Posted on January 30, 2018 by Heather
First world problems these may be, but a morning that starts off like this can put you into a bad, or “off” mood all day long.
There are a few things you can do to find that “good space” again, and bring all of those positive vibes flooding back. Here are a few of my go-to tricks for getting myself out of a funk :
This one works for me every time. It’s impossible to stay grumpy once those exercise endorphins start flowing through your bloodstream. Exercise is like a drug, energizing a frazzled mind and body … but in a good way. Even if physical activity is the last thing you think you want or need, try it and see how you feel afterwards. If you’re headed to the office, with no time for the gym, then pop into a meeting room for a quick workout.
A problem shared is a problem halved, as they say. A coffee and catch up, lunch or even just a phone conversation with a bestie can work wonders to give you an injection of optimism. Pick a friend who you know you can rely on to offer you a positive perspective, or better still, someone who you know will well enough to offload onto. Avoid the energy vampires though, they’ll only make you feel worse.
I know I should be cutting down, but there’s nothing like a caffeine jolt to put me into a better frame of mind, even if it is temporary. With the ensuing energy boost comes a flood of activity, which in turn makes me feel useful and puts a halt to the lethargy which usually accompanies the down days. If you’re not a caffeine lover, then a herbal tea will probably have a similar effect. Soothing, warming and calming.
It doesn’t have to be worthy, or “self help-y” but reading can be immensely useful. Not only does it take your mind off your immediate concerns, but it can help to give you a different perspective. Losing yourself in a good book is a great way to “escape” from immediate pressure, which will all seem more manageable once you return to reality. Or if you’re not a reader, then Netflix will have a similar effect!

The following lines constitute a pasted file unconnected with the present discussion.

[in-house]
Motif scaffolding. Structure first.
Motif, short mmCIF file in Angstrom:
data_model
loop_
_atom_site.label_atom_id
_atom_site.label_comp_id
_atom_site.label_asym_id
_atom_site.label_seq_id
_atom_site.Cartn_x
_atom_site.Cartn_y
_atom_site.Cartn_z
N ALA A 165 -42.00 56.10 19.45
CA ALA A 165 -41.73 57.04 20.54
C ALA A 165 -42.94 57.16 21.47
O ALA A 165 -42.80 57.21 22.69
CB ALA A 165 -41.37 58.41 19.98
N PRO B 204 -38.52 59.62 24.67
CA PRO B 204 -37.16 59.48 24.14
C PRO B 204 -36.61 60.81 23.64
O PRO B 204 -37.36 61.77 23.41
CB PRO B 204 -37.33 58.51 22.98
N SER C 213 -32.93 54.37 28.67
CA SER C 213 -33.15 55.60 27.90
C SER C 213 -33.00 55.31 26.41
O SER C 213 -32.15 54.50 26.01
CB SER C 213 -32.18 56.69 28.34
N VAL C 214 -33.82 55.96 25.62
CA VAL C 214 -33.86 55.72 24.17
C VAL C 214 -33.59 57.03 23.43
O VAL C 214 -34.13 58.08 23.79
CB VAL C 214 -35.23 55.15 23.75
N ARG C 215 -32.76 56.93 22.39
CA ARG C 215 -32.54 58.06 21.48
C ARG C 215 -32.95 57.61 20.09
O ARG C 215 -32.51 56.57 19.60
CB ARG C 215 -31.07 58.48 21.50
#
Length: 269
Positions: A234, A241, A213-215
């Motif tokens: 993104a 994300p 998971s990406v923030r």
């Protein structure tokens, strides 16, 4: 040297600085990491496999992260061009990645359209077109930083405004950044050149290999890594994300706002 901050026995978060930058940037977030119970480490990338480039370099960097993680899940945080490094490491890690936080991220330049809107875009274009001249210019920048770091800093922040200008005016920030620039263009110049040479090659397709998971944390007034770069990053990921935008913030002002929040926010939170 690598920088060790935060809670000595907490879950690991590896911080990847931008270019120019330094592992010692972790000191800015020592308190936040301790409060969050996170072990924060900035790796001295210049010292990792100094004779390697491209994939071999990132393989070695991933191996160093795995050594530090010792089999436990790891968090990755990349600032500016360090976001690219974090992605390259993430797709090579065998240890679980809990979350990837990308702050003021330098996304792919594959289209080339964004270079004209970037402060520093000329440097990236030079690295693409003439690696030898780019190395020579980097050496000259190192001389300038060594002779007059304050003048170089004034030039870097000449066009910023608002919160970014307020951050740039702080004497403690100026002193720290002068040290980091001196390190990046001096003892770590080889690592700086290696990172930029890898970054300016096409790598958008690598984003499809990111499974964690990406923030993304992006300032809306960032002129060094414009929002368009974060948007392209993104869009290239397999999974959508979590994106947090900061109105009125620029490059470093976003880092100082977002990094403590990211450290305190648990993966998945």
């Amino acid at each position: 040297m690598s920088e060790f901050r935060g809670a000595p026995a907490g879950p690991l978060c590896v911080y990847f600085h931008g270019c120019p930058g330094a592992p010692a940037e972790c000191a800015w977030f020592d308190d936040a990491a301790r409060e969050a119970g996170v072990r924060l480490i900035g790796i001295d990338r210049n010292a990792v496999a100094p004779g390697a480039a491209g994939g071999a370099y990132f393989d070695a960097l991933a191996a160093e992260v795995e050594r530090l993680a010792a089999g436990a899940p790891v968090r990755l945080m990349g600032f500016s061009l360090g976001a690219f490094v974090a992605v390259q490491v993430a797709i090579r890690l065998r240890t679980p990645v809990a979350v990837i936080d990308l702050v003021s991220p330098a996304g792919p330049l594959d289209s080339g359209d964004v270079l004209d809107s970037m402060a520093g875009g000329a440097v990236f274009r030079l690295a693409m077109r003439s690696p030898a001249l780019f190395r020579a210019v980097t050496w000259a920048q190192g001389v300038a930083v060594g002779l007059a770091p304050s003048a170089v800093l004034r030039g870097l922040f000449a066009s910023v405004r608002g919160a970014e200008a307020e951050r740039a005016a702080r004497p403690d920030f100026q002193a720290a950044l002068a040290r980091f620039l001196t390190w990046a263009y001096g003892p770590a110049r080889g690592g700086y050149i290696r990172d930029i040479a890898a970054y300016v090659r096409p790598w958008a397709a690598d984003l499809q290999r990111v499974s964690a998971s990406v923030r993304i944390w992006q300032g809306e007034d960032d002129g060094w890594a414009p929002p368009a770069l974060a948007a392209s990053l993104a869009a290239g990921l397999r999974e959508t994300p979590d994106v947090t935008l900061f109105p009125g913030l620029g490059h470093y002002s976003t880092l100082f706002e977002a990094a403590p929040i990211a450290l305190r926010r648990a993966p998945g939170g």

This may not be an option if you’re in the middle of a busy day in the office, but sometimes a short power nap can really help. Niggling problems, the ones which sour our mood, can often be exascerbated by a lack of sleep, and small issues can seem insurmountable when we’re exhausted. See if you can schedule a short nap at some point in the day (isn’t this what office beanbags were invented for?!!).
Reaching for a glass of wine is an easy and obvious way to alter your mood, and it usually works … temporarily. Unfortunately, it is almost always followed by a downer, which can take you back to a place even darker than where you started from. A drink can help you wind down after a long day, but avoid using it as a mood enhancer or as a way to forget your woes – they’ll come back at you twice as hard the next day!
Writing about your angst can be an incredibly useful way of draining the negative energy. When you read your words later, from the perspective of a happier mood, you’ll be surprised that you could have felt that way. Some people advise writing your thoughts down, freeform, first thing in the morning. Once your negativity is expressed in writing, it no longer needs to sit in your head.
This may feel like the equivalent of putting a band aid on a broken leg, but it can really help. We all take our lives for granted, and sometimes it just may help to pause and reflect on all the amazing things we actually have in our lives. However bleak life may seem, or whatever niggles have conspired to throw our mood off, there’s always something to be thankful for.
A lack of food can lead to to that “hangry” feeling, when the world seems as though it’s conspiring against us. When you feel irrationally angry or frustrated for no reason, maybe it’s time to add some fuel to your system. Choose high protein, low or complex carbohydrates like almonds, fruit (berries are particularly good), yoghurt or eggs on wholegrain bread. Avoid sweets or chocolate, which will give you a temporary “high”, followed by a crashing low, and leave you feeling worse than ever.
There’s a whole movement around decluttering with people like Marie Kondo making millions from advising others on how to clear out their cupboards. There’s method behind the madness though, who hasn’t felt that sense of deep satisfaction when a particularly untidy space in the house is transformed into a useful area. Pick one space to tackle, and do it well. Set aside an hour, if you can, to throw out or recycle all the stuff which you’ve been clinging on to for no apparent reason, and feel the effect it has on your mood.